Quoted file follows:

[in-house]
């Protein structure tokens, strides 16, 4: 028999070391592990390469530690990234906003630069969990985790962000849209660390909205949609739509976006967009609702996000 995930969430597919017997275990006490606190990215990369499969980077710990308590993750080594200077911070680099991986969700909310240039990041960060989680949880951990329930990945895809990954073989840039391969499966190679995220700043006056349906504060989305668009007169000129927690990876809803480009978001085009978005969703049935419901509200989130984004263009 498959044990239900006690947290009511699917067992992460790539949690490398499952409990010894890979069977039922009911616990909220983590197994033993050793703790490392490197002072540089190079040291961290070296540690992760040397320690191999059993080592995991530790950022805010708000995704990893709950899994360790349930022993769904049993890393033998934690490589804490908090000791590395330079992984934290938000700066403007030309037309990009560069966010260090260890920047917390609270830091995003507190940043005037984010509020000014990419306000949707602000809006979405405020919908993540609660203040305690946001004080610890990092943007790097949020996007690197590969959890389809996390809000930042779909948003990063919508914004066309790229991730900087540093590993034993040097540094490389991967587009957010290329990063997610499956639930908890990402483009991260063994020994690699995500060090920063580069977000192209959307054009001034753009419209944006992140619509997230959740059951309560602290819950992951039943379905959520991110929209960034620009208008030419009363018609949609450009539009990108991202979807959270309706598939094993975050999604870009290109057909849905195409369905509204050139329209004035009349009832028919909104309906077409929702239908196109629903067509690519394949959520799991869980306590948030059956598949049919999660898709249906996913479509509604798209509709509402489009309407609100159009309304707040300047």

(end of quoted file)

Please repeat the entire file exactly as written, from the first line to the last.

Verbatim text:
[in-house]
């Protein structure tokens, strides 16, 4: 028999070391592990390469530690990234906003630069969990985790962000849209660390909205949609739509976006967009609702996000 995930969430597919017997275990006490606190990215990369499969980077710990308590993750080594200077911070680099991986969700909310240039990041960060989680949880951990329930990945895809990954073989840039391969499966190679995220700043006056349906504060989305668009007169000129927690990876809803480009978001085009978005969703049935419901509200989130984004263009 498959044990239900006690947290009511699917067992992460790539949690490398499952409990010894890979069977039922009911616990909220983590197994033993050793703790490392490197002072540089190079040291961290070296540690992760040397320690191999059993080592995991530790950022805010708000995704990893709950899994360790349930022993769904049993890393033998934690490589804490908090000791590395330079992984934290938000700066403007030309037309990009560069966010260090260890920047917390609270830091995003507190940043005037984010509020000014990419306000949707602000809006979405405020919908993540609660203040305690946001004080610890990092943007790097949020996007690197590969959890389809996390809000930042779909948003990063919508914004066309790229991730900087540093590993034993040097540094490389991967587009957010290329990063997610499956639930908890990402483009991260063994020994690699995500060090920063580069977000192209959307054009001034753009419209944006992140619509997230959740059951309560602290819950992951039943379905959520991110929209960034620009208008030419009363018609949609450009539009990108991202979807959270309706598939094993975050999604870009290109057909849905195409369905509204050139329209004035009349009832028919909104309906077409929702239908196109629903067509690519394949959520799991869980306590948030059956598949049919999660898709249906996913479509509604798209509709509402489009309407609100159009309304707040300047």